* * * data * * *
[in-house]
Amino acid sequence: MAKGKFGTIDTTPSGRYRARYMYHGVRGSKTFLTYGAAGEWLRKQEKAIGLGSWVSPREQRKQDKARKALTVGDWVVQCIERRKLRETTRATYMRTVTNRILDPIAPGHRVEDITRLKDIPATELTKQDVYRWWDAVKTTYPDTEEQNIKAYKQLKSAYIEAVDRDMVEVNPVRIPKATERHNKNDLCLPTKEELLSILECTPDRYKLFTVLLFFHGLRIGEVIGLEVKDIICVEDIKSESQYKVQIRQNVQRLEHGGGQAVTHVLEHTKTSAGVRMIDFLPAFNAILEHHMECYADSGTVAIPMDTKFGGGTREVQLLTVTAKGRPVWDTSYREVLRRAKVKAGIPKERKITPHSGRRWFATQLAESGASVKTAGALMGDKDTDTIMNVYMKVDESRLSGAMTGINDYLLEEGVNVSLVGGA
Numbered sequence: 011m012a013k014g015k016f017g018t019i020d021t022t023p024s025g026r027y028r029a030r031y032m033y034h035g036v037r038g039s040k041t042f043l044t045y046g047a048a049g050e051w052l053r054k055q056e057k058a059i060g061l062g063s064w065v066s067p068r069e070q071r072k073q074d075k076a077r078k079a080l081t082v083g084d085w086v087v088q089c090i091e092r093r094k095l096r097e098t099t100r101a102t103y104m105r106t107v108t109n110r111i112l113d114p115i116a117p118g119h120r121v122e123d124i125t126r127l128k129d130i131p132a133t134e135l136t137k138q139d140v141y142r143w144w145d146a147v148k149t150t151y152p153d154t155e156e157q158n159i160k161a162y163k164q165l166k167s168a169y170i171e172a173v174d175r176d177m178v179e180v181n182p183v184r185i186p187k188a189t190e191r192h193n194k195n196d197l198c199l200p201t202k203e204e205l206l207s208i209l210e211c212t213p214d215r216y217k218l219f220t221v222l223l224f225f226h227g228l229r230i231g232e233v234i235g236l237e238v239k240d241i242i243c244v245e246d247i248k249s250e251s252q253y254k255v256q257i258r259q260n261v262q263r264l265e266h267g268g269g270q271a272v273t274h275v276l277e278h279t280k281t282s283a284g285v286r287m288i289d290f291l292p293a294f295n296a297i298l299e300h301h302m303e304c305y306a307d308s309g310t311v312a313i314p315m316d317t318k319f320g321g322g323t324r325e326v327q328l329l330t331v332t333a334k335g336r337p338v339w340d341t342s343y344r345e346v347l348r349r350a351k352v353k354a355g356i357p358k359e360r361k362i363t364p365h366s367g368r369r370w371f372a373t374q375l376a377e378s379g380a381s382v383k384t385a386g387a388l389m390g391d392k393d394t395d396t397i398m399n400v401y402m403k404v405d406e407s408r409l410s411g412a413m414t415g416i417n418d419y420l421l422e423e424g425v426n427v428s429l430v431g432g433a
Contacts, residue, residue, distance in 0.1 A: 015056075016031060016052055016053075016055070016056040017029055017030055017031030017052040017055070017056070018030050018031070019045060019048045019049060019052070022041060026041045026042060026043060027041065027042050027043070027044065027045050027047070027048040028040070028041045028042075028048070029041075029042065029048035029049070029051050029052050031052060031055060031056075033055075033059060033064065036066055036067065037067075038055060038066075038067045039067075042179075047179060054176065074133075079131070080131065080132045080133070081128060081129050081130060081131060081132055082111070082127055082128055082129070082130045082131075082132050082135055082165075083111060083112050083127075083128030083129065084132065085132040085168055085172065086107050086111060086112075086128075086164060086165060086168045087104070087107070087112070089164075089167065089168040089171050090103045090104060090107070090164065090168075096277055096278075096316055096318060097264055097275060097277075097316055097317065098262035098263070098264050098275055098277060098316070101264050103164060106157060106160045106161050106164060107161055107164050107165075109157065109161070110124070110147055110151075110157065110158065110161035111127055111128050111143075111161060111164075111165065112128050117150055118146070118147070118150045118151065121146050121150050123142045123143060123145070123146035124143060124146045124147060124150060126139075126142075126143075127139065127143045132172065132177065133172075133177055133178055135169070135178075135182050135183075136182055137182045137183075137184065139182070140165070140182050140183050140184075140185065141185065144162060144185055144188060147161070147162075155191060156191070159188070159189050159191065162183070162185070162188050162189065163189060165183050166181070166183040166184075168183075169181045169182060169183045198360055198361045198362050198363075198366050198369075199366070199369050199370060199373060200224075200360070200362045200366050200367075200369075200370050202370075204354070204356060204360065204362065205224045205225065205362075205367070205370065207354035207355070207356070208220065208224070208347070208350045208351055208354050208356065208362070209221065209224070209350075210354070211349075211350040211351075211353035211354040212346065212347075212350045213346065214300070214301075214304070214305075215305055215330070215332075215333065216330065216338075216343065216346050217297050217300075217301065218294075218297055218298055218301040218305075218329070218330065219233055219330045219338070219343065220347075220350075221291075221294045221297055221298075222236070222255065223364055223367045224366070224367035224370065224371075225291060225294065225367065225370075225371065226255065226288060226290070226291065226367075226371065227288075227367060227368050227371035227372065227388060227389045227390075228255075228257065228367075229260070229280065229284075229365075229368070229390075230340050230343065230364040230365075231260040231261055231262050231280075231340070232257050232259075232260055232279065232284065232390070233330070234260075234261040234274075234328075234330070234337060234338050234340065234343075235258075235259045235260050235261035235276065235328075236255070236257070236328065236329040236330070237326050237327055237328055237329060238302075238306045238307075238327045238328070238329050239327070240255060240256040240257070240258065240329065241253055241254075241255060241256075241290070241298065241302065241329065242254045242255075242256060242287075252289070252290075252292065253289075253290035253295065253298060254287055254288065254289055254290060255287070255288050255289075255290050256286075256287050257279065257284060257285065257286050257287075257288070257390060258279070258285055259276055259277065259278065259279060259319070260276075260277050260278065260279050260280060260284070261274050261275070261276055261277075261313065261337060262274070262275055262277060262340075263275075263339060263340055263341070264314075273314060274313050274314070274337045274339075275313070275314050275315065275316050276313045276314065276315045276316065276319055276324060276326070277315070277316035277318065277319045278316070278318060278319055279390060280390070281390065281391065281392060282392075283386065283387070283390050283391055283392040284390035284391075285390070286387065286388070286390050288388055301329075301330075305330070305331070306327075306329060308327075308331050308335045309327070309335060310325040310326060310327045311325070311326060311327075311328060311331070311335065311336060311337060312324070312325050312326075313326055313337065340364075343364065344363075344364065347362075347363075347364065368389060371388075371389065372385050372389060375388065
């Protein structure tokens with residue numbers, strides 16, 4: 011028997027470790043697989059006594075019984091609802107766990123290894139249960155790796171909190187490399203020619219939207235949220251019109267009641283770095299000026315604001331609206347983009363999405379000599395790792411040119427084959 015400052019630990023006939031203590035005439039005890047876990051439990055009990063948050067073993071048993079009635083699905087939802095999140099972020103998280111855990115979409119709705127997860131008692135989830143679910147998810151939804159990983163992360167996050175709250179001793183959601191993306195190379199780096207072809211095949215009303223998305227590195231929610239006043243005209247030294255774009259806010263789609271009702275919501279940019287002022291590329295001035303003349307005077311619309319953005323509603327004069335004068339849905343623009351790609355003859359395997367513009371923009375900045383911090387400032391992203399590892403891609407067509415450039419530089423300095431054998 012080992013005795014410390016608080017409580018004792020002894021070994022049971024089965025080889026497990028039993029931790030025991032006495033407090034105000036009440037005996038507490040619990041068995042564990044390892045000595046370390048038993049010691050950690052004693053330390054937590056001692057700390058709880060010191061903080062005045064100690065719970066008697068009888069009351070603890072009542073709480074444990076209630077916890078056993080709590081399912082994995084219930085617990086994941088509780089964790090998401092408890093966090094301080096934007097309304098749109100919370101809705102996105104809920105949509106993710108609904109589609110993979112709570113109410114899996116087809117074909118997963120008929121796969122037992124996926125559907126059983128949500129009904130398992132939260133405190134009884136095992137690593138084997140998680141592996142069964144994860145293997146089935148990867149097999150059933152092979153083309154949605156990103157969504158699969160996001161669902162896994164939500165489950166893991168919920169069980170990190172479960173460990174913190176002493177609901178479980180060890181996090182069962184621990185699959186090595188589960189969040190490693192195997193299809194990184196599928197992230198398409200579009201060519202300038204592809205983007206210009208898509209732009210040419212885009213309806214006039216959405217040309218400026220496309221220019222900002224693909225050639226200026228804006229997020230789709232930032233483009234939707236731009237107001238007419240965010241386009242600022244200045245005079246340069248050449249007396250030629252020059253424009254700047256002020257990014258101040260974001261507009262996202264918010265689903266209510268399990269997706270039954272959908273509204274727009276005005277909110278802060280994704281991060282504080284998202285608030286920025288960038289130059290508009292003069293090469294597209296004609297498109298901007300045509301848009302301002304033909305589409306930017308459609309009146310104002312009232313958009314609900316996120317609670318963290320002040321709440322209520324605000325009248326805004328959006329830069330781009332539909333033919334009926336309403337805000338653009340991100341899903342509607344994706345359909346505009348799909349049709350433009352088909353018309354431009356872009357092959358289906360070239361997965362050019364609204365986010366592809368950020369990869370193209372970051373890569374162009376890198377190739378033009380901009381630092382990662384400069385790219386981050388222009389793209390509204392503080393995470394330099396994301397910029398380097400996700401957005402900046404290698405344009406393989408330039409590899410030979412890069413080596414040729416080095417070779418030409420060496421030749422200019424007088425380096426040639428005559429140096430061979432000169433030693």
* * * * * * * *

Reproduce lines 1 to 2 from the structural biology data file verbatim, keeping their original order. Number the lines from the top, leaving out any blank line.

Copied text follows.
[in-house]
Amino acid sequence: MAKGKFGTIDTTPSGRYRARYMYHGVRGSKTFLTYGAAGEWLRKQEKAIGLGSWVSPREQRKQDKARKALTVGDWVVQCIERRKLRETTRATYMRTVTNRILDPIAPGHRVEDITRLKDIPATELTKQDVYRWWDAVKTTYPDTEEQNIKAYKQLKSAYIEAVDRDMVEVNPVRIPKATERHNKNDLCLPTKEELLSILECTPDRYKLFTVLLFFHGLRIGEVIGLEVKDIICVEDIKSESQYKVQIRQNVQRLEHGGGQAVTHVLEHTKTSAGVRMIDFLPAFNAILEHHMECYADSGTVAIPMDTKFGGGTREVQLLTVTAKGRPVWDTSYREVLRRAKVKAGIPKERKITPHSGRRWFATQLAESGASVKTAGALMGDKDTDTIMNVYMKVDESRLSGAMTGINDYLLEEGVNVSLVGGA